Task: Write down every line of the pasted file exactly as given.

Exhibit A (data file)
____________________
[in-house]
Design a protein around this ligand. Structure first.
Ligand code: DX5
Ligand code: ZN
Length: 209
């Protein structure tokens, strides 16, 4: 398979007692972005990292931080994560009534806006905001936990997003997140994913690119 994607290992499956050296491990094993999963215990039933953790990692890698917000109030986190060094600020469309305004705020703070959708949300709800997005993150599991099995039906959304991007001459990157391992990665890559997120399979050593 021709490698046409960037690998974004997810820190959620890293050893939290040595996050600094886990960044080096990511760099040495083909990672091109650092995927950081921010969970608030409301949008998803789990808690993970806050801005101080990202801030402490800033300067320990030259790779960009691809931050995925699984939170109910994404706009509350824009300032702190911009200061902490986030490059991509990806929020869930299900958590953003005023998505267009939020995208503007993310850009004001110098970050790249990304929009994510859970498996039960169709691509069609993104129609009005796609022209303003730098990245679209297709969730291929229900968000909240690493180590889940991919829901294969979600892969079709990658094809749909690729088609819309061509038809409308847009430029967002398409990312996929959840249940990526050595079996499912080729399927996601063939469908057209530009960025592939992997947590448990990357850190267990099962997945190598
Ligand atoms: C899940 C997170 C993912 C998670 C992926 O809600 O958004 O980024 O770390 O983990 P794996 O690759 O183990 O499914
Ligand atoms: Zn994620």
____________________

[in-house]
Design a protein around this ligand. Structure first.
Ligand code: DX5
Ligand code: ZN
Length: 209
């Protein structure tokens, strides 16, 4: 398979007692972005990292931080994560009534806006905001936990997003997140994913690119 994607290992499956050296491990094993999963215990039933953790990692890698917000109030986190060094600020469309305004705020703070959708949300709800997005993150599991099995039906959304991007001459990157391992990665890559997120399979050593 021709490698046409960037690998974004997810820190959620890293050893939290040595996050600094886990960044080096990511760099040495083909990672091109650092995927950081921010969970608030409301949008998803789990808690993970806050801005101080990202801030402490800033300067320990030259790779960009691809931050995925699984939170109910994404706009509350824009300032702190911009200061902490986030490059991509990806929020869930299900958590953003005023998505267009939020995208503007993310850009004001110098970050790249990304929009994510859970498996039960169709691509069609993104129609009005796609022209303003730098990245679209297709969730291929229900968000909240690493180590889940991919829901294969979600892969079709990658094809749909690729088609819309061509038809409308847009430029967002398409990312996929959840249940990526050595079996499912080729399927996601063939469908057209530009960025592939992997947590448990990357850190267990099962997945190598
Ligand atoms: C899940 C997170 C993912 C998670 C992926 O809600 O958004 O980024 O770390 O983990 P794996 O690759 O183990 O499914
Ligand atoms: Zn994620």